Employers try a variety of incentives to find creative and reliable ways to motivate their employees. Employers with vast interest and belief in their businesses are often inspired by passion and the entrepreneurial spirit to work harder each day. But, unfortunately, the same cannot always be said about their employees.
Employment incentives at times have proven to improve the morale, motivation and productivity of employees. One of these incentives is through bonus payments. Bonus payment may be described as an additional payment by the employer to the employee on top of their regular earnings. Unfortunately, during these COVID-19 and lockdown times, many employers could not provide bonus payment to their employees. Unfortunately, this has led to some frustrations for many employees due to their consistent expectations of bonus payment.
Discretionary versus nondiscretionary bonus payment
Many employers and employees are not aware that there are two types of bonus payments: discretionary bonus payment and nondiscretionary bonus payment. The fundamental differences between these two are colossal. Some employers offer three types of bonus payments to the employees: the 13th cheque bonus pay, the performance bonus, and the production bonus.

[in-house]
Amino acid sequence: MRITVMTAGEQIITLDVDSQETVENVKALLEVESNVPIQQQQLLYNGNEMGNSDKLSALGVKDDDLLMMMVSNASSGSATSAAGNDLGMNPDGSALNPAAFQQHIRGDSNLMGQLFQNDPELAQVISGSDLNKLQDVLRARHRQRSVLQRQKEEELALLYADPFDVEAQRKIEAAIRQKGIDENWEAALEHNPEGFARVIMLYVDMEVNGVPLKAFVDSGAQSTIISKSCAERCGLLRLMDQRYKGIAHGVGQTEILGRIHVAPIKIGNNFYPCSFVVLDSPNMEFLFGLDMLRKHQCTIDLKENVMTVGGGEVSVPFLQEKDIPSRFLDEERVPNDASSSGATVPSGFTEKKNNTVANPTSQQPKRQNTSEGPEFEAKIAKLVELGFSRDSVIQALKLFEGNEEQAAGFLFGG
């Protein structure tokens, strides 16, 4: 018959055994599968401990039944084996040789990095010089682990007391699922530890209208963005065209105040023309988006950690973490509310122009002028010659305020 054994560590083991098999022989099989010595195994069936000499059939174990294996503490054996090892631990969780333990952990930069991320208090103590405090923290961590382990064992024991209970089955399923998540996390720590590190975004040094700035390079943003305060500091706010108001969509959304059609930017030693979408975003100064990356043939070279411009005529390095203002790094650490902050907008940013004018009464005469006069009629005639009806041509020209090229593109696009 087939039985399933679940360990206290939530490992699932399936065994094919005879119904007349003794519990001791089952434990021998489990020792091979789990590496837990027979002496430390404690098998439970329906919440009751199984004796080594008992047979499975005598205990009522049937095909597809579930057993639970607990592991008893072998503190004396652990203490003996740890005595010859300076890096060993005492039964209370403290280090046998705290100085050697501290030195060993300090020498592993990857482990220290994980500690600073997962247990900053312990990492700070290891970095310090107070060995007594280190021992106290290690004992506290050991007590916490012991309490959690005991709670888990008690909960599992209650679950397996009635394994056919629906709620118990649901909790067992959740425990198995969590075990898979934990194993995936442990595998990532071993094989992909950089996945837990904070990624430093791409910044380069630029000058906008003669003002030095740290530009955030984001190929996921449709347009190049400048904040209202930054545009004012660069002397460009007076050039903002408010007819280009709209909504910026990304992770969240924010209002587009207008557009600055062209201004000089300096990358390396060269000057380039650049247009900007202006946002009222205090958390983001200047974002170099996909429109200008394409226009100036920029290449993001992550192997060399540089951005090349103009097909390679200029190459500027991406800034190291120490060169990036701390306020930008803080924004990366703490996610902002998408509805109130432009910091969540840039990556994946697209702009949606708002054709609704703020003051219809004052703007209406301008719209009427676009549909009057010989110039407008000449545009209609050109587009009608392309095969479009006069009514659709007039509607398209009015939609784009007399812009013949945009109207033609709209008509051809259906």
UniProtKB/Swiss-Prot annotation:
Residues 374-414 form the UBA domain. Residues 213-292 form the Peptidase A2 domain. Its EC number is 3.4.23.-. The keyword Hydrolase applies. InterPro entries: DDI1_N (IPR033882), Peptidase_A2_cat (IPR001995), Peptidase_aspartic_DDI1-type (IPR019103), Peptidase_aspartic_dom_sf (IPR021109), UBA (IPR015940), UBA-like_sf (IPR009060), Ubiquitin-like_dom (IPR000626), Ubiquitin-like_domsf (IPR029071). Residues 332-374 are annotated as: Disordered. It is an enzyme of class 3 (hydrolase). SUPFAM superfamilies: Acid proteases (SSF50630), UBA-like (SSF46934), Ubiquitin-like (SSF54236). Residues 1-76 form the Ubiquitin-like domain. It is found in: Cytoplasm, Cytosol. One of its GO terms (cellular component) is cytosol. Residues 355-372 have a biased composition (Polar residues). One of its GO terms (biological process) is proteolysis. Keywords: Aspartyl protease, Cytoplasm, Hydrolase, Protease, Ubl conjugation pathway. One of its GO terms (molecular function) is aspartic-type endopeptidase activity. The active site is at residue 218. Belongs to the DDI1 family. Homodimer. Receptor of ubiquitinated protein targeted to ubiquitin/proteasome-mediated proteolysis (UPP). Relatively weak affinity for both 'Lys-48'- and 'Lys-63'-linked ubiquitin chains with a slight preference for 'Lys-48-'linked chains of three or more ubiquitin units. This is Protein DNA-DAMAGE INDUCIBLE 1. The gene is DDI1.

Discretionary bonus payment
Essentially, the 13th cheque is paid by the employer to an employee as gratitude for a job well done. Therefore, it remains the sole discretion of the employer whether to pay this incentive to their employees.
Contrary to popular belief, South African Labour Law makes no provision for paying bonus pay to an employee. Therefore, employees do not have a right in terms of our Labour Laws to a bonus payment.
In these circumstances, it is only granted when employers exercise their discretion, taking into consideration the employee’s good performance, target and quality production or increase in employer’s revenue or, in some instances, employees make representations to justify why they should receive bonus pay.
Non-discretionary bonus payment
In the circumstances of nondiscretionary bonus payment, the employer does not need to provide the employee with an opportunity to make representations of why the employee should receive bonus pay. However, this bonus payment may be specified in an employment contract or other documentation.
Regarding this bonus payment, in the circumstances where an employee does not receive it, the employee has the right to declare a dispute against the employer for unpaid monies. Failure or refusal by the employer to pay this bonus payment will result in the repudiation of the agreement.
Considering the above, employers must ensure that they must clarify to their employees which type of bonus payment applies to avoid any confusion and unnecessary disputes and costly litigation. Furthermore, employers must be cautioned against repudiating any agreement terms without first consulting and negotiating with the employees.
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